Joseph T. McGrellis Jr., 67, of Williamstown, a science and math professor at Atlantic Cape Community College for more than 40 years known for his ability to connect with students, died Sunday, May 23, at Cooper University Hospital in Camden of severe head trauma from an accident.

Shortly after receiving a master's degree in microbiology from Rutgers University in 1968, Dr. McGrellis landed a teaching position at Atlantic Cape Community College. He loved the interaction with students and knew right away he would be a college professor the rest of his career.

"He enjoyed getting individuals . . . to step up, and he enjoyed when they got it," his son Sean said.

And he was not a man to hide his emotions, said those who knew him.

"He was always happy, bouncing down the hallway," said former student Michael McCollum, who teaches an online biology class that Dr. McGrellis started.

Even after 41 years at the front of microbiology, math, other science classes, Dr. McGrellis looked forward to teaching, his son said. He already had his schedule for the summer and fall semesters.

Since his death - he was walking to the post office near his home May 12 when a car hit him - the McGrellis family has received dozens of letters from former students saying how inspiring he was.

Dr. McGrellis' classes were not easy, though, said the college's science and mathematics department chair, Godfrey Barlatt. He wanted his students, most of whom needed microbiology for a nursing degree, to succeed at school and then in their careers, so he set a high academic bar.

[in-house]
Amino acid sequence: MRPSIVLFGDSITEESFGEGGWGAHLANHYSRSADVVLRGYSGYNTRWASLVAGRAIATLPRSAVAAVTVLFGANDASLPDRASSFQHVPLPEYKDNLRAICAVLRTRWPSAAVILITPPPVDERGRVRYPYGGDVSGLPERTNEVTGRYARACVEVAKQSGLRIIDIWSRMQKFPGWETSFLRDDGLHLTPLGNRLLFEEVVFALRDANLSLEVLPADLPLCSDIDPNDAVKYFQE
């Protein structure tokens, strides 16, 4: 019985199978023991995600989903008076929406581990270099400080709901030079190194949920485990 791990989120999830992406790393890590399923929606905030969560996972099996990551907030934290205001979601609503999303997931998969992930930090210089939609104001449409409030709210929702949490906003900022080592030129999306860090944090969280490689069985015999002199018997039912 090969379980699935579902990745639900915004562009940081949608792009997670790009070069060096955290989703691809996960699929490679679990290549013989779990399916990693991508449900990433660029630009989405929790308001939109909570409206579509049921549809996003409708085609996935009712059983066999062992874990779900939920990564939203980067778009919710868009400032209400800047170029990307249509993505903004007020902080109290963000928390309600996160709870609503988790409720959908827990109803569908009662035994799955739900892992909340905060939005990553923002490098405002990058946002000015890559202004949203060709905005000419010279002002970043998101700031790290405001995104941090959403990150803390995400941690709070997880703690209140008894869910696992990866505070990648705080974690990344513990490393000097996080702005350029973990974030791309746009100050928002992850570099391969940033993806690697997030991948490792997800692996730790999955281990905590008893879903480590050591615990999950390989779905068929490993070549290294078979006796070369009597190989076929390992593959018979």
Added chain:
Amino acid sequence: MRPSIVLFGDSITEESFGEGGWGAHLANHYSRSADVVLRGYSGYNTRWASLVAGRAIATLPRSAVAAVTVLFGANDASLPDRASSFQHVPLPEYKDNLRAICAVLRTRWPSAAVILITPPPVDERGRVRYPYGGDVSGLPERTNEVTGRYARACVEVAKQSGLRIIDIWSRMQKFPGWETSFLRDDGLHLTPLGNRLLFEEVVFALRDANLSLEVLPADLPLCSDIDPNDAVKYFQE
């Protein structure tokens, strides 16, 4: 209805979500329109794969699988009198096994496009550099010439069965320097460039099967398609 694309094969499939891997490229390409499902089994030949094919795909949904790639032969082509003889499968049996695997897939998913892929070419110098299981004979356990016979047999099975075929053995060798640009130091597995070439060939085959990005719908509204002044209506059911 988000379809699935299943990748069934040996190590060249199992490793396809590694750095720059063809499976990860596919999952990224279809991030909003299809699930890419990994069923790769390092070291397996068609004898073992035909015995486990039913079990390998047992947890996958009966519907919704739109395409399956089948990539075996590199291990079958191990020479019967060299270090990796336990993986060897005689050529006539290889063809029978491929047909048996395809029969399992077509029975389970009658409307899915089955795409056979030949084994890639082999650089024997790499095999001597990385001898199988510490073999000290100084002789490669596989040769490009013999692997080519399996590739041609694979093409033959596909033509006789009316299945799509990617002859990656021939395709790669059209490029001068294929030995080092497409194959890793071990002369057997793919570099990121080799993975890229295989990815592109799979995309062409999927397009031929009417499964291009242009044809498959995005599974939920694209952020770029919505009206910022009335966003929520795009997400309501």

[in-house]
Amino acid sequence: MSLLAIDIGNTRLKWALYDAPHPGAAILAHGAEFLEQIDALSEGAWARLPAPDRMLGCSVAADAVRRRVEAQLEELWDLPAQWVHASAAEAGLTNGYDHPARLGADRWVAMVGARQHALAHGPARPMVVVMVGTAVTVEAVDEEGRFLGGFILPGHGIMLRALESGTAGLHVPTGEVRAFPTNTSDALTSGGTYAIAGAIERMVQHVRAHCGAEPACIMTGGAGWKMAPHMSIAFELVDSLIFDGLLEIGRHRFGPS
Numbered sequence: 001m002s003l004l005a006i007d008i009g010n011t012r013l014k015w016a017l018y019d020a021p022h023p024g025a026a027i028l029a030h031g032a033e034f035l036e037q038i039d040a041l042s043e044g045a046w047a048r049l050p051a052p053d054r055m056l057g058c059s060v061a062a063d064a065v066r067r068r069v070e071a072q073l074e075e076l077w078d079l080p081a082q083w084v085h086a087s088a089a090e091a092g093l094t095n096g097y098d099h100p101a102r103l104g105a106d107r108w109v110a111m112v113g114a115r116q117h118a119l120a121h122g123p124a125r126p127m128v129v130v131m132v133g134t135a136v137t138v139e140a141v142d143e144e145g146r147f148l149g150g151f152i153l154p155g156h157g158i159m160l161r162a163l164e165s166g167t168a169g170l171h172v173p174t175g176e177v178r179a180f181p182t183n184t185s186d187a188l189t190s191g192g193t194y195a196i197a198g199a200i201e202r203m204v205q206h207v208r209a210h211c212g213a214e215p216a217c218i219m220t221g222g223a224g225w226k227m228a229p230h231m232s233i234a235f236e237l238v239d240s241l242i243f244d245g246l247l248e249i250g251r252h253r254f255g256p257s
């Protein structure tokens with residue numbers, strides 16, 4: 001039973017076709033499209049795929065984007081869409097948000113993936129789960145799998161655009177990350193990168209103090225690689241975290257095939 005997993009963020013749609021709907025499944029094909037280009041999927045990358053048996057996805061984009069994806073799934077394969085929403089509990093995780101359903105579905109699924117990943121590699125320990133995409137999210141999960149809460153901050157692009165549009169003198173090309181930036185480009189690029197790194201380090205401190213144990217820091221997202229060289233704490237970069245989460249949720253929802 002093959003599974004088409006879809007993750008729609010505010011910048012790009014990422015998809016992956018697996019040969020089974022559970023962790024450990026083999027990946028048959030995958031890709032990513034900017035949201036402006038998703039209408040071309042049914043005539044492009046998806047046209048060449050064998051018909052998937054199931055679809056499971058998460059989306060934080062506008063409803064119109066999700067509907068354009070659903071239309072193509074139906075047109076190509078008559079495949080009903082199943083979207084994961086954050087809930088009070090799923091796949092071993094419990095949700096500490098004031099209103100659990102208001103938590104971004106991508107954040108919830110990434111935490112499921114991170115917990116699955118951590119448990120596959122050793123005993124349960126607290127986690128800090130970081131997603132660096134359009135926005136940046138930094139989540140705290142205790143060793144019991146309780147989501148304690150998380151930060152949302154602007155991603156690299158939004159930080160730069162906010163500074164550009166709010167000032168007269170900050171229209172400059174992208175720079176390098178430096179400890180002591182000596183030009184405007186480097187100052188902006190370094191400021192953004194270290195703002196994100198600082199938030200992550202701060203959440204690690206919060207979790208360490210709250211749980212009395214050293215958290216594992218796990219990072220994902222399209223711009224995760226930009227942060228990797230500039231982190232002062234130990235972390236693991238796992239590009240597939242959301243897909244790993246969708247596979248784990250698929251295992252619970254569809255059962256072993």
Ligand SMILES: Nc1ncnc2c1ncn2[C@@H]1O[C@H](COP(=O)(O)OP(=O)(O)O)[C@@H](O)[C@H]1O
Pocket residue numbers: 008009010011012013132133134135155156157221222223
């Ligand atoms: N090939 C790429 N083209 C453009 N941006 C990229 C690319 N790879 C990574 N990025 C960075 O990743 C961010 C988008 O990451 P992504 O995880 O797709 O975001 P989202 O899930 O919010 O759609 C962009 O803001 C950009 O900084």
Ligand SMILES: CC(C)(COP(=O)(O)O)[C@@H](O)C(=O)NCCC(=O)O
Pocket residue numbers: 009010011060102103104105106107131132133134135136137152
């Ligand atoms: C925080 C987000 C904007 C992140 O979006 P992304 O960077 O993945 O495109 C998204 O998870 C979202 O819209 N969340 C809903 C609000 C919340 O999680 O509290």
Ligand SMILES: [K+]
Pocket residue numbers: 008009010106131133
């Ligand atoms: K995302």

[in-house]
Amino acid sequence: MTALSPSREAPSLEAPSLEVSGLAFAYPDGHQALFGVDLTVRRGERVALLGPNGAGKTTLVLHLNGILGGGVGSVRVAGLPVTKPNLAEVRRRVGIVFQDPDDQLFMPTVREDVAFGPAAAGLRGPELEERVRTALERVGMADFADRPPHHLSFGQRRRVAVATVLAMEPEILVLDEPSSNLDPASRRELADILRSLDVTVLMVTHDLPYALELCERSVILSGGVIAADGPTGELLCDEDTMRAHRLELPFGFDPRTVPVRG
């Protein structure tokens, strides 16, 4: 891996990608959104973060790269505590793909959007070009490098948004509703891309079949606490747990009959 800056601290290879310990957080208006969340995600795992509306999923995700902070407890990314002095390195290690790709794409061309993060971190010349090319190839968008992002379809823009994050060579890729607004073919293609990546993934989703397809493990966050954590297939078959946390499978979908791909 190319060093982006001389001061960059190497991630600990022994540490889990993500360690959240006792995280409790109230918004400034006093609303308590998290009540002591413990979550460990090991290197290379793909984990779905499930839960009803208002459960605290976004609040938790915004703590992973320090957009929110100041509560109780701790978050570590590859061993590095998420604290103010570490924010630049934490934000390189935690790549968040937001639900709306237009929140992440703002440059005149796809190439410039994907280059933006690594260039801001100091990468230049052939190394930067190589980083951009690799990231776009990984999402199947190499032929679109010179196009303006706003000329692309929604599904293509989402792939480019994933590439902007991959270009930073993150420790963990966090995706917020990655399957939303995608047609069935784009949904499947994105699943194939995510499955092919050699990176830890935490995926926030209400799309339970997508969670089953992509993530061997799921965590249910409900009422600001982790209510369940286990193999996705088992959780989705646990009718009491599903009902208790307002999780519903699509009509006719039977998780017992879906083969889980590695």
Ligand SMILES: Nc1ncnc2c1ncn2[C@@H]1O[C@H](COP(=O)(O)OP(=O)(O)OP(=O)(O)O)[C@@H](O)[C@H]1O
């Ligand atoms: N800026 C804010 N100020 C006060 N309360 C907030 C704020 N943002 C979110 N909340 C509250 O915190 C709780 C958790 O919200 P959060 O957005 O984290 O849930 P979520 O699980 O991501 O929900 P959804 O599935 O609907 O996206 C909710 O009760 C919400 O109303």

"He was not only an educator but an adviser," Barlatt said.

Dr. McGrellis chaired the science and math department for about three years but missed teaching, Barlatt said.

The three sabbaticals Dr. McGrellis took during his career were for educational purposes. During the first, he received his doctorate in microbiology from Rutgers. The other two were spent developing two biology courses, one of which was online.

Dr. McGrellis did everything for the course, from designing the curriculum to writing the lab book and then preparing the lab kits to be sent out.

His other passions included the Phillies, classic horror films, and musical theater, his son said.

Dr. McGrellis was born in Philadelphia and moved with his parents to National Park when he was 10. He graduated from Gloucester Catholic High School in 1961 and received his bachelor's degree in biology from the Drexel Institute of Technology in 1966.

After receiving his master's degree, he worked for a short period as a substitute teacher at Hamilton High School in Philadelphia.

In 1968, he married Patricia Matczak, whom he had met one summer when both were teenagers.

In addition to his wife and son Sean, Dr. McGrellis is survived by son Mick, daughter Brenda, and two grandchildren.

A visitation will be held from 9 to 9:45 a.m. Friday, May 28, at Our Lady of Peace Parish, 32 Carroll Ave., Williamstown, where a Funeral Mass will be said at 10. Burial will be in Woodbury Memorial Park.

Memorial donations may be made to the Atlantic Cape Foundation for the Joseph T. McGrellis Jr. Memorial Scholarship Fund, 341 Court House-South Dennis Rd., Cape May Court House, N.J. 08210.

Contact staff writer Claudia Vargas at 856-779-3917 or cvargas@phillynews.com.